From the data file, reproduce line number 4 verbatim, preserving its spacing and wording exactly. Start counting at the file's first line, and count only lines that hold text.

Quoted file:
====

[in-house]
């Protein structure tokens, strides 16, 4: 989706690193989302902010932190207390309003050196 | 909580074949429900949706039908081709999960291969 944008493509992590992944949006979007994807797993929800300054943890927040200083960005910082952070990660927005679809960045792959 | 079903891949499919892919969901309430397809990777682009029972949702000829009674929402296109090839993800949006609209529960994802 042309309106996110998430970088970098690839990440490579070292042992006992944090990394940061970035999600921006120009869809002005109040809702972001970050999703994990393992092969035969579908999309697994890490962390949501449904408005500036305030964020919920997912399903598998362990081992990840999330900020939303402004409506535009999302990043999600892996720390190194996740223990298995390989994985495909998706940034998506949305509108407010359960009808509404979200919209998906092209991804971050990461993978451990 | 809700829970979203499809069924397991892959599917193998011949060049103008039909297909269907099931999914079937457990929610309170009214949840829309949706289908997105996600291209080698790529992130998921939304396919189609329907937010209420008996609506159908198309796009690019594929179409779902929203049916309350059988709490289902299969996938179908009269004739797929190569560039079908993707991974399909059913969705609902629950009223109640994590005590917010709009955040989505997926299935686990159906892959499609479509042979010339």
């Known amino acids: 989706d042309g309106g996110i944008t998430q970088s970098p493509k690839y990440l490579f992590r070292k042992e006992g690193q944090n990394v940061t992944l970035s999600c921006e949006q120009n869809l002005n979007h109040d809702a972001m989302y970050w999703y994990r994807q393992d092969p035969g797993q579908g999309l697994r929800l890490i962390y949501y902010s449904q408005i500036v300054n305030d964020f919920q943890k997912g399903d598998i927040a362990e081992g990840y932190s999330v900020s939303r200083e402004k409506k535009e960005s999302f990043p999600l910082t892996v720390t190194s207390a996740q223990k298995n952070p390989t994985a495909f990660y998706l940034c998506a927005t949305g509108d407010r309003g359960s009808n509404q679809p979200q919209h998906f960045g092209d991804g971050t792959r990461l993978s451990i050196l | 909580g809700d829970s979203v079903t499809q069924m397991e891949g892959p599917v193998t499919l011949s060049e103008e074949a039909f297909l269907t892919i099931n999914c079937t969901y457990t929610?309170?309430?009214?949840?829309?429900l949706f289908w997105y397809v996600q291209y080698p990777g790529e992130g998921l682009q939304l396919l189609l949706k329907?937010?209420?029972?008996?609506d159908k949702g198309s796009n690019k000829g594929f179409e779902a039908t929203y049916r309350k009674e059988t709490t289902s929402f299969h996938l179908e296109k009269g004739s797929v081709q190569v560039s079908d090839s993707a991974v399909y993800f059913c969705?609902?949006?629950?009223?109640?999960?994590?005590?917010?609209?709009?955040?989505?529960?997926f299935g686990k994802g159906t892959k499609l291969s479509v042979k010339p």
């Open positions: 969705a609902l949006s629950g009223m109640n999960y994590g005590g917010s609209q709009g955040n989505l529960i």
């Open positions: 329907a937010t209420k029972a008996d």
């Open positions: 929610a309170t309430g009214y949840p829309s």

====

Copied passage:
């Open positions: 969705a609902l949006s629950g009223m109640n999960y994590g005590g917010s609209q709009g955040n989505l529960i």